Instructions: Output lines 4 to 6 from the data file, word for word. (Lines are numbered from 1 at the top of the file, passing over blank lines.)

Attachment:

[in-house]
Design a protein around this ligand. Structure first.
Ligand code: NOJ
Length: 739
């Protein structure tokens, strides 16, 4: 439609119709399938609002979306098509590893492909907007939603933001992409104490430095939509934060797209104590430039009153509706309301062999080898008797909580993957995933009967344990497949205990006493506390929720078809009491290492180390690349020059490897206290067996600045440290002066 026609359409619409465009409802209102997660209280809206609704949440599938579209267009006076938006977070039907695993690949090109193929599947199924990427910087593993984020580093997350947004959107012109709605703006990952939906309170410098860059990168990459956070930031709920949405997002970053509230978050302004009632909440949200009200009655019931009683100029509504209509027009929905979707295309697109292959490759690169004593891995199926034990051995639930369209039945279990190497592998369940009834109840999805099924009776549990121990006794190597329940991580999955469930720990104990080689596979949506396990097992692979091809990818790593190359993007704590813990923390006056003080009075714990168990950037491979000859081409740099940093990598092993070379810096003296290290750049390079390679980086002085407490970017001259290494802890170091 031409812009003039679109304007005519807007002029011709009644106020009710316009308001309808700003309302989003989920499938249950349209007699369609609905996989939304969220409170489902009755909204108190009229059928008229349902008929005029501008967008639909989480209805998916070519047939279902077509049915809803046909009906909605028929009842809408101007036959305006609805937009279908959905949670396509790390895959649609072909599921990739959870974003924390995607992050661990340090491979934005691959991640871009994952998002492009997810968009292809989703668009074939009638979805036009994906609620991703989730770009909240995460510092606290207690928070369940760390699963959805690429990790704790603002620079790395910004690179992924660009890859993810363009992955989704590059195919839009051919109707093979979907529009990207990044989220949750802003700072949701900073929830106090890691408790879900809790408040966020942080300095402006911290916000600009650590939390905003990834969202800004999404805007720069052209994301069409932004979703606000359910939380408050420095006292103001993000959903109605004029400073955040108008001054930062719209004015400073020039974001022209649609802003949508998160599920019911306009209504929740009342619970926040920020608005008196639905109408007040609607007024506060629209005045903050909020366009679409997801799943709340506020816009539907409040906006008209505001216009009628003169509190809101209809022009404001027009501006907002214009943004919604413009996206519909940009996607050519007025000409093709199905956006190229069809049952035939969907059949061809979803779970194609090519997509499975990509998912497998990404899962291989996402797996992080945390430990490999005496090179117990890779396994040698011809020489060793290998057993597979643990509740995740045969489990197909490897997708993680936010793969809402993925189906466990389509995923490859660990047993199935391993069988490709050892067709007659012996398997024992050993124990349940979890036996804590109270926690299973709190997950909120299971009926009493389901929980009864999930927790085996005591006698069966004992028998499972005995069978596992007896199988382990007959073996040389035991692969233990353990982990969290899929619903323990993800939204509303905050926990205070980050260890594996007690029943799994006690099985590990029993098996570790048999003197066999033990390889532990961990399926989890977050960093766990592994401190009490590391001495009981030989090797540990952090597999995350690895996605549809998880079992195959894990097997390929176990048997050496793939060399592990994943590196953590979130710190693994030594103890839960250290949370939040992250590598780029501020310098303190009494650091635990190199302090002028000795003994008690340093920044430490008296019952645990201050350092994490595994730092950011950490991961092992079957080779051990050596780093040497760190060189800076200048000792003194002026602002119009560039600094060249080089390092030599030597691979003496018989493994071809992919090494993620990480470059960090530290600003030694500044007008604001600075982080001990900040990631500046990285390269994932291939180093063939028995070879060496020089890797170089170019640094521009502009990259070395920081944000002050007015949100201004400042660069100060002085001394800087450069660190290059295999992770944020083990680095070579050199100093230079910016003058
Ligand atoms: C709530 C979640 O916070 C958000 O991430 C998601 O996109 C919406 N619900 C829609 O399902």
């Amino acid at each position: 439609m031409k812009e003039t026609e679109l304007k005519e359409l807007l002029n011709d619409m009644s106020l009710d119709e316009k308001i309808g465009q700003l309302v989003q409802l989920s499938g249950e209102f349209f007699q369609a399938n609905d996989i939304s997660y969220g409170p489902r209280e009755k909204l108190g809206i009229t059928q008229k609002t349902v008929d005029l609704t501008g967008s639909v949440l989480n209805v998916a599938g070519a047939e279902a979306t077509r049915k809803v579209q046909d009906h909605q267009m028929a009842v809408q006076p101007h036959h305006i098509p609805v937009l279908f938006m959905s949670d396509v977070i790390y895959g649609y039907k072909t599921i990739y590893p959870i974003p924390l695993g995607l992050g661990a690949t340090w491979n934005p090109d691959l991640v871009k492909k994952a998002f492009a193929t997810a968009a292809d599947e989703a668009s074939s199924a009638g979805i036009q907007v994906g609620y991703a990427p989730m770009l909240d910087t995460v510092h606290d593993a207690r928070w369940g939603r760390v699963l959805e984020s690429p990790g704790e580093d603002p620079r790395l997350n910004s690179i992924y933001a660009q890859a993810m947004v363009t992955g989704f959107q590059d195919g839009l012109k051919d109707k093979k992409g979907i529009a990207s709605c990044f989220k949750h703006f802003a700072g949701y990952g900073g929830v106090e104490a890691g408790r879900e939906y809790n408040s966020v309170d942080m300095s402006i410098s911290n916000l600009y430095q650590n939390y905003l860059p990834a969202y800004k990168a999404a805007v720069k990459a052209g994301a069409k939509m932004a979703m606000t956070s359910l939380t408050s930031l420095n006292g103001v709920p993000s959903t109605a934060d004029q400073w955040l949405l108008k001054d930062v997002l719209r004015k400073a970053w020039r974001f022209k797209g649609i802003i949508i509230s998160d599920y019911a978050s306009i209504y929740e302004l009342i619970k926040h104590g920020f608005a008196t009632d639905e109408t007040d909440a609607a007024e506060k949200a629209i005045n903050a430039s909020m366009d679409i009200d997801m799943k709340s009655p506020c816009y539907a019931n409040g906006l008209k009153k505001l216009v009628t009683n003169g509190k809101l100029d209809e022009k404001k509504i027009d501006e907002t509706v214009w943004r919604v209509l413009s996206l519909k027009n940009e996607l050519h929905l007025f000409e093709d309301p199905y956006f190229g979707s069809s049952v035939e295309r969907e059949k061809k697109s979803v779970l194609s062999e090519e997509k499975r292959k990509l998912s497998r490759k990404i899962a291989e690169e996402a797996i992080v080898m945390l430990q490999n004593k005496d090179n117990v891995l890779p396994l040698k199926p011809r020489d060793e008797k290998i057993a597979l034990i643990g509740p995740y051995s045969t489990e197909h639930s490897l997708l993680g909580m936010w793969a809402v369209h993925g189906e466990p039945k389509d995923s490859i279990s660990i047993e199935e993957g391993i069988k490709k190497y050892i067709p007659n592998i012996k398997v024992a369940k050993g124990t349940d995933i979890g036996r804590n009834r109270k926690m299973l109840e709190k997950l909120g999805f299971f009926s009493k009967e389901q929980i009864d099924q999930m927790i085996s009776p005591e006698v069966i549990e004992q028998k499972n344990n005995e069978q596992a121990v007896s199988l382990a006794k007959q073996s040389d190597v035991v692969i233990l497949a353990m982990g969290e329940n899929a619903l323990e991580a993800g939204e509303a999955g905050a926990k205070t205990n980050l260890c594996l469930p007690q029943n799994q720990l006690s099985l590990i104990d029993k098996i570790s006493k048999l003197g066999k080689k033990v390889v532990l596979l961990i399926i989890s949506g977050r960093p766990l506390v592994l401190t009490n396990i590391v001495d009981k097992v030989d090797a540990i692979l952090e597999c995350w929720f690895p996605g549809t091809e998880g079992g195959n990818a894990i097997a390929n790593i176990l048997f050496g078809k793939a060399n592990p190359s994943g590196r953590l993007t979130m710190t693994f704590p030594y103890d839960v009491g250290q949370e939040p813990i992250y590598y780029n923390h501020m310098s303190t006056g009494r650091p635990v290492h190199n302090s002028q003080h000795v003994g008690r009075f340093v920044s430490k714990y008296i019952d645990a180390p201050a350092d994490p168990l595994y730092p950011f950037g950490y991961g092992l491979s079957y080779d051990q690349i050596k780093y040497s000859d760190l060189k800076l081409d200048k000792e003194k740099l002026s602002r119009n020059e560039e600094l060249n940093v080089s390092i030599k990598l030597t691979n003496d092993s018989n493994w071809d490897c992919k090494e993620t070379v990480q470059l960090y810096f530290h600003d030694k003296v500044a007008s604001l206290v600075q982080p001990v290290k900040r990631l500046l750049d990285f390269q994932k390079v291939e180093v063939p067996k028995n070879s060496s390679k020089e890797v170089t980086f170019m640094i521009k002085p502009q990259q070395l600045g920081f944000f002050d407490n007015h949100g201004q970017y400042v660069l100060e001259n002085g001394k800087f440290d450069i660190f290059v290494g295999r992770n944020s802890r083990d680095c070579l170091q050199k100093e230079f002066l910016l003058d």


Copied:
Length: 739
């Protein structure tokens, strides 16, 4: 439609119709399938609002979306098509590893492909907007939603933001992409104490430095939509934060797209104590430039009153509706309301062999080898008797909580993957995933009967344990497949205990006493506390929720078809009491290492180390690349020059490897206290067996600045440290002066 026609359409619409465009409802209102997660209280809206609704949440599938579209267009006076938006977070039907695993690949090109193929599947199924990427910087593993984020580093997350947004959107012109709605703006990952939906309170410098860059990168990459956070930031709920949405997002970053509230978050302004009632909440949200009200009655019931009683100029509504209509027009929905979707295309697109292959490759690169004593891995199926034990051995639930369209039945279990190497592998369940009834109840999805099924009776549990121990006794190597329940991580999955469930720990104990080689596979949506396990097992692979091809990818790593190359993007704590813990923390006056003080009075714990168990950037491979000859081409740099940093990598092993070379810096003296290290750049390079390679980086002085407490970017001259290494802890170091 031409812009003039679109304007005519807007002029011709009644106020009710316009308001309808700003309302989003989920499938249950349209007699369609609905996989939304969220409170489902009755909204108190009229059928008229349902008929005029501008967008639909989480209805998916070519047939279902077509049915809803046909009906909605028929009842809408101007036959305006609805937009279908959905949670396509790390895959649609072909599921990739959870974003924390995607992050661990340090491979934005691959991640871009994952998002492009997810968009292809989703668009074939009638979805036009994906609620991703989730770009909240995460510092606290207690928070369940760390699963959805690429990790704790603002620079790395910004690179992924660009890859993810363009992955989704590059195919839009051919109707093979979907529009990207990044989220949750802003700072949701900073929830106090890691408790879900809790408040966020942080300095402006911290916000600009650590939390905003990834969202800004999404805007720069052209994301069409932004979703606000359910939380408050420095006292103001993000959903109605004029400073955040108008001054930062719209004015400073020039974001022209649609802003949508998160599920019911306009209504929740009342619970926040920020608005008196639905109408007040609607007024506060629209005045903050909020366009679409997801799943709340506020816009539907409040906006008209505001216009009628003169509190809101209809022009404001027009501006907002214009943004919604413009996206519909940009996607050519007025000409093709199905956006190229069809049952035939969907059949061809979803779970194609090519997509499975990509998912497998990404899962291989996402797996992080945390430990490999005496090179117990890779396994040698011809020489060793290998057993597979643990509740995740045969489990197909490897997708993680936010793969809402993925189906466990389509995923490859660990047993199935391993069988490709050892067709007659012996398997024992050993124990349940979890036996804590109270926690299973709190997950909120299971009926009493389901929980009864999930927790085996005591006698069966004992028998499972005995069978596992007896199988382990007959073996040389035991692969233990353990982990969290899929619903323990993800939204509303905050926990205070980050260890594996007690029943799994006690099985590990029993098996570790048999003197066999033990390889532990961990399926989890977050960093766990592994401190009490590391001495009981030989090797540990952090597999995350690895996605549809998880079992195959894990097997390929176990048997050496793939060399592990994943590196953590979130710190693994030594103890839960250290949370939040992250590598780029501020310098303190009494650091635990190199302090002028000795003994008690340093920044430490008296019952645990201050350092994490595994730092950011950490991961092992079957080779051990050596780093040497760190060189800076200048000792003194002026602002119009560039600094060249080089390092030599030597691979003496018989493994071809992919090494993620990480470059960090530290600003030694500044007008604001600075982080001990900040990631500046990285390269994932291939180093063939028995070879060496020089890797170089170019640094521009502009990259070395920081944000002050007015949100201004400042660069100060002085001394800087450069660190290059295999992770944020083990680095070579050199100093230079910016003058
Ligand atoms: C709530 C979640 O916070 C958000 O991430 C998601 O996109 C919406 N619900 C829609 O399902």